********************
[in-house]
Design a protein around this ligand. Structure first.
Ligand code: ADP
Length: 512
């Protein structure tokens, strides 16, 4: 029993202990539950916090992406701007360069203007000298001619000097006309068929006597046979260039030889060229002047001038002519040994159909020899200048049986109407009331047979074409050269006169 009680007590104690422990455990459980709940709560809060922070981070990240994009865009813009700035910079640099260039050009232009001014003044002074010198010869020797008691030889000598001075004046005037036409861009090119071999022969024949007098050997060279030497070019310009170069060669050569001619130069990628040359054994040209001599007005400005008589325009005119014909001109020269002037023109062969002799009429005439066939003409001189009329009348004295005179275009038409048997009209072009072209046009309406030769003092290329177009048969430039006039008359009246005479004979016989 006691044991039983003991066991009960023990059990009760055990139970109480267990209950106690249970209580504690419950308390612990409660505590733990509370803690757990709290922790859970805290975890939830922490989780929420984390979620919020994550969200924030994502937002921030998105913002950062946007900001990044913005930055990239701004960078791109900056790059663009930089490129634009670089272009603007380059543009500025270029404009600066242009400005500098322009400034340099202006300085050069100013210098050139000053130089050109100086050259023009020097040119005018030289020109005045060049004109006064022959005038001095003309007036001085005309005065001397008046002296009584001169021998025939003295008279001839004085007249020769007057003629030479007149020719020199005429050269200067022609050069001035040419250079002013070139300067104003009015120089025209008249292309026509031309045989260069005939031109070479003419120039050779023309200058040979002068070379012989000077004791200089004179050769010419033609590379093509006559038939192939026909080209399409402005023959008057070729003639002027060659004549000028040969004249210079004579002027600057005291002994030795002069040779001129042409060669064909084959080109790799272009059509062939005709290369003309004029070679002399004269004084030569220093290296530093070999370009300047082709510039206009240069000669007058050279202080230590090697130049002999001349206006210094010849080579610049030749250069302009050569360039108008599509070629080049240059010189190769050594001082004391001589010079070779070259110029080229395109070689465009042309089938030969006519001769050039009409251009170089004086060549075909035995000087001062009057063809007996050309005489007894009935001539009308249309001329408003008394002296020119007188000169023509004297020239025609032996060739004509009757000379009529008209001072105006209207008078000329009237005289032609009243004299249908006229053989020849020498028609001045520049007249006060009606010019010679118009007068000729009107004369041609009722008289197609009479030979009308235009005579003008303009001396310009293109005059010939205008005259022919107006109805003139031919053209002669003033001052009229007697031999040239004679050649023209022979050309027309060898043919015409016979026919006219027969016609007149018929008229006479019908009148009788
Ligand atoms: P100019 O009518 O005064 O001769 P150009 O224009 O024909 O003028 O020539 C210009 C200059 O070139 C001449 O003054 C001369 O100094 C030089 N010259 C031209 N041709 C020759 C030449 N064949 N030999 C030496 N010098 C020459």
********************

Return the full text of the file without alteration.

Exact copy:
[in-house]
Design a protein around this ligand. Structure first.
Ligand code: ADP
Length: 512
């Protein structure tokens, strides 16, 4: 029993202990539950916090992406701007360069203007000298001619000097006309068929006597046979260039030889060229002047001038002519040994159909020899200048049986109407009331047979074409050269006169 009680007590104690422990455990459980709940709560809060922070981070990240994009865009813009700035910079640099260039050009232009001014003044002074010198010869020797008691030889000598001075004046005037036409861009090119071999022969024949007098050997060279030497070019310009170069060669050569001619130069990628040359054994040209001599007005400005008589325009005119014909001109020269002037023109062969002799009429005439066939003409001189009329009348004295005179275009038409048997009209072009072209046009309406030769003092290329177009048969430039006039008359009246005479004979016989 006691044991039983003991066991009960023990059990009760055990139970109480267990209950106690249970209580504690419950308390612990409660505590733990509370803690757990709290922790859970805290975890939830922490989780929420984390979620919020994550969200924030994502937002921030998105913002950062946007900001990044913005930055990239701004960078791109900056790059663009930089490129634009670089272009603007380059543009500025270029404009600066242009400005500098322009400034340099202006300085050069100013210098050139000053130089050109100086050259023009020097040119005018030289020109005045060049004109006064022959005038001095003309007036001085005309005065001397008046002296009584001169021998025939003295008279001839004085007249020769007057003629030479007149020719020199005429050269200067022609050069001035040419250079002013070139300067104003009015120089025209008249292309026509031309045989260069005939031109070479003419120039050779023309200058040979002068070379012989000077004791200089004179050769010419033609590379093509006559038939192939026909080209399409402005023959008057070729003639002027060659004549000028040969004249210079004579002027600057005291002994030795002069040779001129042409060669064909084959080109790799272009059509062939005709290369003309004029070679002399004269004084030569220093290296530093070999370009300047082709510039206009240069000669007058050279202080230590090697130049002999001349206006210094010849080579610049030749250069302009050569360039108008599509070629080049240059010189190769050594001082004391001589010079070779070259110029080229395109070689465009042309089938030969006519001769050039009409251009170089004086060549075909035995000087001062009057063809007996050309005489007894009935001539009308249309001329408003008394002296020119007188000169023509004297020239025609032996060739004509009757000379009529008209001072105006209207008078000329009237005289032609009243004299249908006229053989020849020498028609001045520049007249006060009606010019010679118009007068000729009107004369041609009722008289197609009479030979009308235009005579003008303009001396310009293109005059010939205008005259022919107006109805003139031919053209002669003033001052009229007697031999040239004679050649023209022979050309027309060898043919015409016979026919006219027969016609007149018929008229006479019908009148009788
Ligand atoms: P100019 O009518 O005064 O001769 P150009 O224009 O024909 O003028 O020539 C210009 C200059 O070139 C001449 O003054 C001369 O100094 C030089 N010259 C031209 N041709 C020759 C030449 N064949 N030999 C030496 N010098 C020459």